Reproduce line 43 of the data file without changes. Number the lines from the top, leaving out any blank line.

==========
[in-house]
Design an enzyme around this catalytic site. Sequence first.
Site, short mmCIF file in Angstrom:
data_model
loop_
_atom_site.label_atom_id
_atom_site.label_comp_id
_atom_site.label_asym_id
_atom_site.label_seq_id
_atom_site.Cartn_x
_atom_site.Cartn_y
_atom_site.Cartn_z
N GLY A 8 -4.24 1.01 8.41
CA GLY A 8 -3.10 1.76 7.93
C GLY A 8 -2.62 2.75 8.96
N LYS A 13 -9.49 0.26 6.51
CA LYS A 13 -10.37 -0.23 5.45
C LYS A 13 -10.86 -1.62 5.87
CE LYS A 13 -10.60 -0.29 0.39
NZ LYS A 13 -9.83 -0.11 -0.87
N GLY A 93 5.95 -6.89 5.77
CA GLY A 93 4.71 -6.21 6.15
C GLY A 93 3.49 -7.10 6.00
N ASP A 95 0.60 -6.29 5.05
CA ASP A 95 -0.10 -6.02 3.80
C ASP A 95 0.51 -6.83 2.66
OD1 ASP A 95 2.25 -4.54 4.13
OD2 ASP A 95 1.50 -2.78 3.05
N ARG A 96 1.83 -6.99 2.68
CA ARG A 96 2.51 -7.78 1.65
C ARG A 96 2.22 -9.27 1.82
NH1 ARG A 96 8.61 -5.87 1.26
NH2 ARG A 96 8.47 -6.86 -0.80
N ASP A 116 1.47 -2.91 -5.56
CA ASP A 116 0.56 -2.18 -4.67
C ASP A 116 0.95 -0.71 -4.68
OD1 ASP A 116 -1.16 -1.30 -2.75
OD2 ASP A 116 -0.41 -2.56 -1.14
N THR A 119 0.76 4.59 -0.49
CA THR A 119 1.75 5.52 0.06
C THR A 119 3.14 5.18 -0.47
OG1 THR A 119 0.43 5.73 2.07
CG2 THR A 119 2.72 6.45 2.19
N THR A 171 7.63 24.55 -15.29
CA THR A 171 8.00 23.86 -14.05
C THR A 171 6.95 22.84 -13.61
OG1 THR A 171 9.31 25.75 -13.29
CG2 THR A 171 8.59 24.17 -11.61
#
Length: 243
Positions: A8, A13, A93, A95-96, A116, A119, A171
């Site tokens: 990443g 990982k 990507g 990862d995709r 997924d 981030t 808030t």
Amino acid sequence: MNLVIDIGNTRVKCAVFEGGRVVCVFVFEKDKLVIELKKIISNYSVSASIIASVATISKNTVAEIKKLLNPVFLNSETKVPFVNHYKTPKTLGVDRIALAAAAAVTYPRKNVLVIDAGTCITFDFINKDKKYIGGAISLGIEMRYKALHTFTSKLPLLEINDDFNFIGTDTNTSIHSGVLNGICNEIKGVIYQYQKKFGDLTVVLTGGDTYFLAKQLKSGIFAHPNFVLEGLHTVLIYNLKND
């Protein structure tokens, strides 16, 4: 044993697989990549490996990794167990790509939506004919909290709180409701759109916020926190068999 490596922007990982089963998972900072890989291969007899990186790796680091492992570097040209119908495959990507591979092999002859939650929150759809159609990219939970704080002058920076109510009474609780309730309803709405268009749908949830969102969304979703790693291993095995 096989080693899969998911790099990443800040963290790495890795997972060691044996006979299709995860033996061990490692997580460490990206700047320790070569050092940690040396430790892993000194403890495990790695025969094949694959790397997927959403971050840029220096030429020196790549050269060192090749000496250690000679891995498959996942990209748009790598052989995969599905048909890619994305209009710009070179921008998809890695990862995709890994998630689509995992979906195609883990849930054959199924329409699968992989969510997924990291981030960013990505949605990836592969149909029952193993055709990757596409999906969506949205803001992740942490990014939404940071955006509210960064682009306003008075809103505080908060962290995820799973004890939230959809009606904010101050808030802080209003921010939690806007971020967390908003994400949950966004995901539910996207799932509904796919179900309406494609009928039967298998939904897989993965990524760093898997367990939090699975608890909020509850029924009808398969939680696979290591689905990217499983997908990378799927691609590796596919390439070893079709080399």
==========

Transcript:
CG2 THR A 119 2.72 6.45 2.19